The low-cost airline has faced widespread unrest among its staff since a scheduling issue last year led to a dispute over work conditions.
LONDON — Ryanair cabin crews in several European countries went on strike Wednesday, the start of a planned two days of industrial action that has forced the low-cost carrier to cancel hundreds of flights, affecting around 50,000 passengers.
The strike — the biggest that Ryanair has had to grapple with — highlights the shifting fortunes of the Irish carrier, an icon of Europe’s cut-price flight boom. Following the brash and aggressive character of its founder and chief executive, Michael O’Leary, Ryanair made its name by cutting costs to the bone and vociferously opposing union membership.
But Ryanair now faces multiple challenges. Profits are down sharply, and fares are expected to remain low. Rivals from Eastern Europe are competing for customers. And increasing numbers of strikes are forcing the airline to face up to the fact that it is no longer a young disrupter.
In the latest sign of Ryanair’s problems, the strike on Wednesday involved cabin crews in Belgium, Italy, Portugal and Spain and was set to continue through Thursday. The employees say that Ryanair has ignored grievances about low pay, contracts that do not offer sufficient employment rights and a punishing workplace culture.
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“What we need from Ryanair are concrete changes in improvement for cabin crew,” said Liz Blackshaw, the campaigns director for the International Transport Workers’ Federation, an umbrella group that is affiliated with the unions going on strike. “We want Ryanair to understand that this level of strike will not go away unless they make concrete improvements and negotiate in good faith, country by country.”
Ryanair has said the strikes are “unnecessary” and “unjustified.” It said that 50,000 passengers would be affected by the strikes and had either received refunds or were booked on alternative flights.
Until recently, the mere notion of such industrial action at Ryanair would have been considered fanciful.
Founded in 1985, Ryanair has grown from an airline with a single aircraft to a Pan-European carrier with more than 450 Boeing 737s, offering one-way tickets for as little as $13. About 12.6 million passengers flew with Ryanair last month.
Relentlessly focused on keeping prices low, Ryanair for decades refused to recognize any unions, determined to keep its labor costs lower than those of its rivals.
That began to change last fall, when thousands of flights were canceled after Ryanair pilots across Europe refused to have their vacations cut over a scheduling issue. Those pilots — many of whom were employed as independent contractors — soon demanded more secure contracts and union representation.
The backlash forced Ryanair to change a long-held stance and finally recognize unions, beginning in December.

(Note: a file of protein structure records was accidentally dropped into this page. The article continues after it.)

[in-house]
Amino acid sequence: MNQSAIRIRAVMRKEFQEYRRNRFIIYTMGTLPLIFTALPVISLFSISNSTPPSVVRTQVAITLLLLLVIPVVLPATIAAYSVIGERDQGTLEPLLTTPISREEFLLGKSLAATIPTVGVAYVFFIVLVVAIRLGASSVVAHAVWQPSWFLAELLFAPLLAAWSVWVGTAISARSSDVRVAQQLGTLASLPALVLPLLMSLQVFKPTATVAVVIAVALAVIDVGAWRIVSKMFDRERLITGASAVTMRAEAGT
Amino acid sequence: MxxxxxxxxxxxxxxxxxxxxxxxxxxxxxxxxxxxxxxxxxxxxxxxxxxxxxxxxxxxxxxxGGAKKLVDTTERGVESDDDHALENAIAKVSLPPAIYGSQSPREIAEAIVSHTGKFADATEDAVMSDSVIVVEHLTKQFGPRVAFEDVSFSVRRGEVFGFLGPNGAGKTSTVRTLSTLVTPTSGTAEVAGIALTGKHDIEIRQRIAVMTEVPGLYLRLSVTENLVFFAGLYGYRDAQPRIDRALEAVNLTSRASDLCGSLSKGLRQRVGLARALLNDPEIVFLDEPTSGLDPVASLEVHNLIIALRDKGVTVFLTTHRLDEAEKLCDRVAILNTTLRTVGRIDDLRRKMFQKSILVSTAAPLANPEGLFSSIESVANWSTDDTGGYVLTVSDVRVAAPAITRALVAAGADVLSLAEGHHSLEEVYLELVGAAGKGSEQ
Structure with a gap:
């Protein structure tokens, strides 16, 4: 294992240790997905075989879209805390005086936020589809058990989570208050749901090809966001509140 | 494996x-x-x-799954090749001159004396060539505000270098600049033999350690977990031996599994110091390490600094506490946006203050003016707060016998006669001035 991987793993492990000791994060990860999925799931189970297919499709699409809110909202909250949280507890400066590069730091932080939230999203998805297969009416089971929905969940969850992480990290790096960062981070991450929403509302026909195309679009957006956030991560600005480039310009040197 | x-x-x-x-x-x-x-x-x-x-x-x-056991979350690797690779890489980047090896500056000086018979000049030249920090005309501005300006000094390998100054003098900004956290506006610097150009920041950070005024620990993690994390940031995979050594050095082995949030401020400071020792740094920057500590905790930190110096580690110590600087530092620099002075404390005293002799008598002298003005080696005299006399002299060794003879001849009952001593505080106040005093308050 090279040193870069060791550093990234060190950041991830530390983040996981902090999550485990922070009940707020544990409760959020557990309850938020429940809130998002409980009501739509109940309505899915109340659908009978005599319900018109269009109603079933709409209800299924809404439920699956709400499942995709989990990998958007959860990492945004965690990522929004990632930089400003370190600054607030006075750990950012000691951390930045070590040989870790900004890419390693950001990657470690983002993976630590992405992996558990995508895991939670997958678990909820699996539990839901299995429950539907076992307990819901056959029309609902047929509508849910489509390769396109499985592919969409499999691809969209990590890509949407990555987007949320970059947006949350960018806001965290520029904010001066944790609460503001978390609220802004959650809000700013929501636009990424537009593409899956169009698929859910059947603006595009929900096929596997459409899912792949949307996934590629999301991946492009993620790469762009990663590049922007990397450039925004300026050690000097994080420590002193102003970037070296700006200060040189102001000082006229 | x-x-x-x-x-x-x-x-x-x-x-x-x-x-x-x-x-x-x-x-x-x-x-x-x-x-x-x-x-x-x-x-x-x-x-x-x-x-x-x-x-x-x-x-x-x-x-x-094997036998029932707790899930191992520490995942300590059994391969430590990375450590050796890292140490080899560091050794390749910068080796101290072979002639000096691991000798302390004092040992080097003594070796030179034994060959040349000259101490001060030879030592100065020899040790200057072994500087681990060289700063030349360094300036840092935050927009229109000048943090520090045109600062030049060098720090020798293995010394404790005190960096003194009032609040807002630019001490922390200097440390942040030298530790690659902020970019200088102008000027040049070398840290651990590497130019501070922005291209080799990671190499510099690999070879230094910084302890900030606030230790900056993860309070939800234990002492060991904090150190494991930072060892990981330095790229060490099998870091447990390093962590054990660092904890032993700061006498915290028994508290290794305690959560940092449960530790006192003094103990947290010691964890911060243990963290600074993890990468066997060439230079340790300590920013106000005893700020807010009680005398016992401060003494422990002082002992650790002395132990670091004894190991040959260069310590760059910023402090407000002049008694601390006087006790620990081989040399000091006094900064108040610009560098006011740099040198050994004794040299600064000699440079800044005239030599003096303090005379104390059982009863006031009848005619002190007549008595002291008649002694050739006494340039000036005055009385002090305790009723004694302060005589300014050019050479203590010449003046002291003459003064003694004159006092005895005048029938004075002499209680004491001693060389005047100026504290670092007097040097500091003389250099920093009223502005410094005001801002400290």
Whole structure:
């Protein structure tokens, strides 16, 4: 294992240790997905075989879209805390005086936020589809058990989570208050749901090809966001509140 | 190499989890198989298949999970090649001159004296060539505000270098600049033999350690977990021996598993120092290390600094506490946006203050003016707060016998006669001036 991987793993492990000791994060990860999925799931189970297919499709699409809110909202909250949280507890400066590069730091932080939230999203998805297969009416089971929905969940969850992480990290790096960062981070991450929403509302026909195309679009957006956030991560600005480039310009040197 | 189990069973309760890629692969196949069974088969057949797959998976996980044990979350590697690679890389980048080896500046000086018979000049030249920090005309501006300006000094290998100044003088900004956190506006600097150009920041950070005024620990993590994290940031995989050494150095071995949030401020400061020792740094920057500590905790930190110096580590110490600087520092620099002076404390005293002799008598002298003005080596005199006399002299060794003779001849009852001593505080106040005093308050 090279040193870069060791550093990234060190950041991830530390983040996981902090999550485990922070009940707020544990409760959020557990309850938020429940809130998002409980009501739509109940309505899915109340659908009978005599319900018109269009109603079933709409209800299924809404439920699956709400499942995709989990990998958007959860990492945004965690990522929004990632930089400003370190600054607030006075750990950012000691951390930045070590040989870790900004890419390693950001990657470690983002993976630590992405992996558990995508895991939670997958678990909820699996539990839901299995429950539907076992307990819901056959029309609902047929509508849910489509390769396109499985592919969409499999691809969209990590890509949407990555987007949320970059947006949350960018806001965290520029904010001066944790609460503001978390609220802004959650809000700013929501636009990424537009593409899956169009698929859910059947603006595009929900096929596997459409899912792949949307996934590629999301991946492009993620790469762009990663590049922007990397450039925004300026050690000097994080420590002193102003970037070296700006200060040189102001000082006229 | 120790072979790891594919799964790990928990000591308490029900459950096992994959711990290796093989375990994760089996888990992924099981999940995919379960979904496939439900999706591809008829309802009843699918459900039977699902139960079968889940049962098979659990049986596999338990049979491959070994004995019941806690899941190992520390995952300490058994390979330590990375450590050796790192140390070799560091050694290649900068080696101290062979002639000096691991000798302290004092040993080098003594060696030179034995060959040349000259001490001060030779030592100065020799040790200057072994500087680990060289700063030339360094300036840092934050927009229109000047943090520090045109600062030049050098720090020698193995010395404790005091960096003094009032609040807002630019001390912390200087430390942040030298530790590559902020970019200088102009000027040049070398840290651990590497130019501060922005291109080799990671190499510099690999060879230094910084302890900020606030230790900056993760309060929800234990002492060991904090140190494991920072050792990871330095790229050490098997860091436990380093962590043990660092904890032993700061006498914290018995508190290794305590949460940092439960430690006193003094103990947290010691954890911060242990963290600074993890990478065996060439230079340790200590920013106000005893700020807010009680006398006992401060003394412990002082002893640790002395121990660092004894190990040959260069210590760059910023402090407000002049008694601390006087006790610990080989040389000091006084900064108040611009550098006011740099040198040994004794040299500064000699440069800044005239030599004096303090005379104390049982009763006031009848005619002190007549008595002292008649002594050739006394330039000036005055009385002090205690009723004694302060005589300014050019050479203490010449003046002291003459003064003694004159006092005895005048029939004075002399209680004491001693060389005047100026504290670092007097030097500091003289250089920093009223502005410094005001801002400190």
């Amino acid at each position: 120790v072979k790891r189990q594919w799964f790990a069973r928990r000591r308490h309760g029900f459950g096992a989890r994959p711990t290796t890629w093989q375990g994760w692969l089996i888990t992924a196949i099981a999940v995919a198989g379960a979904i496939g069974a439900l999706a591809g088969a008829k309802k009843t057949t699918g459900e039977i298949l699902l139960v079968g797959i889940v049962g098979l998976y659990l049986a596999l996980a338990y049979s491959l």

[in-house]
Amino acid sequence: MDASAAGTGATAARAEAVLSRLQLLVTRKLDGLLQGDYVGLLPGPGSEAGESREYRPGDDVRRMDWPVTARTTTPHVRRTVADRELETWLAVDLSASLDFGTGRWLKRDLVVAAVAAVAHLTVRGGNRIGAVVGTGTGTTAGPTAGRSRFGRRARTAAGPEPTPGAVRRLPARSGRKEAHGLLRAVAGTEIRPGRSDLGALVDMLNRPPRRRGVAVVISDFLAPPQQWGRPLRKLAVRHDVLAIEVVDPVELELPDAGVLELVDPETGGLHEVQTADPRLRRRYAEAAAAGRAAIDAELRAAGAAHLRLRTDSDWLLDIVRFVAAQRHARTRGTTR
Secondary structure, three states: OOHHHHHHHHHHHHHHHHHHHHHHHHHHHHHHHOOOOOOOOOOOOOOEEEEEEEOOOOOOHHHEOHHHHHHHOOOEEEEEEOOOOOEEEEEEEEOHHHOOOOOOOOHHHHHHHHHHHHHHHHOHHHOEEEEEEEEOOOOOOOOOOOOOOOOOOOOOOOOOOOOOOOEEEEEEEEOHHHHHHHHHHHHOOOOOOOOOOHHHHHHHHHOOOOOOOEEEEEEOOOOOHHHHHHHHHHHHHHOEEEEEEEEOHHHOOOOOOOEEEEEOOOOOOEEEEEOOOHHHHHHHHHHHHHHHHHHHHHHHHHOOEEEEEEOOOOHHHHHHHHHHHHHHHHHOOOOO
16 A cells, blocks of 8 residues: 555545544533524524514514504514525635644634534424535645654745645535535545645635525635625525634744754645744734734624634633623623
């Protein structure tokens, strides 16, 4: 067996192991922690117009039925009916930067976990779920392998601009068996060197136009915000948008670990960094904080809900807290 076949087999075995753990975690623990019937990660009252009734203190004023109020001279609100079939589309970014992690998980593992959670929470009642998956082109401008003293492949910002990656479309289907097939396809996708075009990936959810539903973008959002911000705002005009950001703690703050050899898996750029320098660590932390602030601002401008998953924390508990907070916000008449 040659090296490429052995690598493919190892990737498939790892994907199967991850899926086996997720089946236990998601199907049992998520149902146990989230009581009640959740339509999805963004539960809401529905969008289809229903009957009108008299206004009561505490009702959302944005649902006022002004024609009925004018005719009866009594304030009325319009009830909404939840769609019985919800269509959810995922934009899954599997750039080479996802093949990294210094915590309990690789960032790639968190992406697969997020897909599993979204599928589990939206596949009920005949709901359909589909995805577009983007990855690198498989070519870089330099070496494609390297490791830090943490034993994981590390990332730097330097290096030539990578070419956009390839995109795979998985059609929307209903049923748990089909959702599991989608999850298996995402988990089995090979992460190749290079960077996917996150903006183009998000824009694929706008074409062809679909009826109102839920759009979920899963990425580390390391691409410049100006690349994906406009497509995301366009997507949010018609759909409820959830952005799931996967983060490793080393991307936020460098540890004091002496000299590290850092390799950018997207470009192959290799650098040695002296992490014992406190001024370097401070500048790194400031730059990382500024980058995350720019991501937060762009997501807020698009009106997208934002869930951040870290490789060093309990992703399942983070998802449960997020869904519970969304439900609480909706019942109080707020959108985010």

Soon after, Ryanair experienced its first strike. This summer, the labor unrest has continued, with cabin crews and ground staff demanding better working conditions.
There have been several strikes by pilots based in Dublin, and the company announced Wednesday that it was cutting back its services there this winter, blaming the industrial action for a downturn in bookings and fares. Ryanair said it had issued notices to more than 100 pilots and 200 members of cabin crews that they might not be needed from the end of October.
The airline has nevertheless claimed that it is making progress with unions. Last week, it signed agreements to recognize an Italian union and a German union.
Any progress is coming in fits and starts, however. Two separate Italian unions announced Tuesday that pilots and flight attendants at Italian bases would join the strike Wednesday, albeit for just one day, because Ryanair had refused to negotiate with them. Ryanair said one-fifth of its Italian flights had been affected.
Coupled with an array of other pressures, the strikes have taken a toll on Ryanair’s bottom line.
Lower fares, higher oil prices and pay increases pushed post-tax profits down 20 percent in the last quarter compared with the same period a year ago. The company said it expected prices for fares to remain weak, partly because of “customer uncertainty about pilot strikes.”
Ryanair said it expected more strikes over the summer. “We are not prepared to concede to unreasonable demands that will compromise either our low fares or our highly efficient model,” the company said in a statement.
Analysts say that if the airline wants to continue growing, it will have to offer passengers more of what legacy carriers provide, like increased flexibility with bookings and flights to larger airports. Indeed, revenue from added services like reserved seating and priority boarding helped bolster profits in the company’s latest earnings report.
That will, however, result in higher costs.
“The core principles of Ryanair, in terms of trying to get the service for the lowest possible cost, haven’t changed,” said Jonathan Wober, an analyst at CAPA Center for Aviation, a research company.
But, Wober noted, “the lowest possible cost has gone up a little bit.”